Based in the Ozark Mountains in Missouri, the Bioregional Project (BP) was founded in 1982 to promote the aims and interests of the bioregional movement in North America. Consisting primarily of a resource center designed to show people how to "come back home to Earth," the Bioregional Project is part of the international campaign to reshape culture and society according to ecological principles: "We work for the honor, protection and healing of the Earth, the Earth's people, and all the Earth's life."
A bioregion is what the group calls a "life region," an area determined by natural rather than historical or political boundaries. It is distinguished by the character of the flora and fauna , by the landforms, the types of rocks and soils, the climate in general, and by human habitation as it relates to this environment . The Bioregional Project emphasizes the natural logic of these boundaries, and it promotes the development of social and political institutions that take into account the interrelatedness of everything within them. They are working to increase the awareness that bioregions are "living, self-organizing systems," and they value humanity as one species among many. The Bioregional Project traces the roots of the movement to native and indigenous peoples and the "oldest Earth traditions." The group believes that ecological laws and principles form the basis of society and that the future survival of humanity depends on their ability to cooperate with the environment.
The Bioregional Project and the bioregional movement as a whole have strong ties to the international Green Movement, although bioregionalists consider themselves more "ecologically-centered." The Greens are oriented to urban areas, and they work for change in traditional political structures, operating within legislative as opposed to bioregional systems. The chief organizing tool of the bioregional movement is a model known as "the bioregional congress" or "green congress," where participants share information, develop ecological strategies, and draft planning programs and platform statements. The Bioregional Project convened the first bioregional congress in 1980 as the Ozark Community Congress (OACC), and it has since influenced both bioregional and green organizing throughout North America. The Project coordinated the first North American Bioregional Congress in 1984, an international assembly attended by over 200 people representing 130 organizations.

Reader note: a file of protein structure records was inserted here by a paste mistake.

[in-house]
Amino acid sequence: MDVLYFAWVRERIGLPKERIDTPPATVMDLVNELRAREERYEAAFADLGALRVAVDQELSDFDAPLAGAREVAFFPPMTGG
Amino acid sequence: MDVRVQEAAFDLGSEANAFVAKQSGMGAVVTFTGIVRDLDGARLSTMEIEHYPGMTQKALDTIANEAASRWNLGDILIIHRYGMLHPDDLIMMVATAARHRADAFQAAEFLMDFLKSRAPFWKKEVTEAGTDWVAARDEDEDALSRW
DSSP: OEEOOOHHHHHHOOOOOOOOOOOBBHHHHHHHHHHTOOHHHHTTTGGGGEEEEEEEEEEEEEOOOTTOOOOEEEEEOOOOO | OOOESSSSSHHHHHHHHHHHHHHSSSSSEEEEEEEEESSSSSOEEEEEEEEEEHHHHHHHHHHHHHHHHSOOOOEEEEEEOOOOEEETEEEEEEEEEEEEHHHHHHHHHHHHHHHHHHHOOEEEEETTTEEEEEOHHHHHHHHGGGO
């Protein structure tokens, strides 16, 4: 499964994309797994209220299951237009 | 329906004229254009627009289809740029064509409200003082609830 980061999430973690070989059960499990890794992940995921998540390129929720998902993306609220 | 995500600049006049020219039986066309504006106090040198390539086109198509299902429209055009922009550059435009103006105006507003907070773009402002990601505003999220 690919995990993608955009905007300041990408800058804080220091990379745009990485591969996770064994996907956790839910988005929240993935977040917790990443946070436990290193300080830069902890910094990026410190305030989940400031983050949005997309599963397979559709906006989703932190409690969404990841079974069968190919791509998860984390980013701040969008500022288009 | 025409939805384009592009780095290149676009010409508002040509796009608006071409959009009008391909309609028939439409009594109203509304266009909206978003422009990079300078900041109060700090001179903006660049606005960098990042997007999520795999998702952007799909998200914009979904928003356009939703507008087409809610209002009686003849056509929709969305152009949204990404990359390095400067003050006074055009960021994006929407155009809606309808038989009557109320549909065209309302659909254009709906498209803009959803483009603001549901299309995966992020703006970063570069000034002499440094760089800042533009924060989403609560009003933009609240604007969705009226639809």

In addition to the assistance it provides for "those organizing bioregionally," the Bioregional Project also publishes books and pamphlets on bioregionalism and ecology . The organization sponsors lectures and educational presentations on these subjects as well. It supports research and lends technical assistance in a variety of areas from community economic development to recycling , sustainable agriculture , and forest protection. It is a subsidiary of the Ozarks Resource Center. Contact: Bioregional Project, Box 3, Brixley, MO 65618. telephone(417) 679 4773
[Douglas Smith ]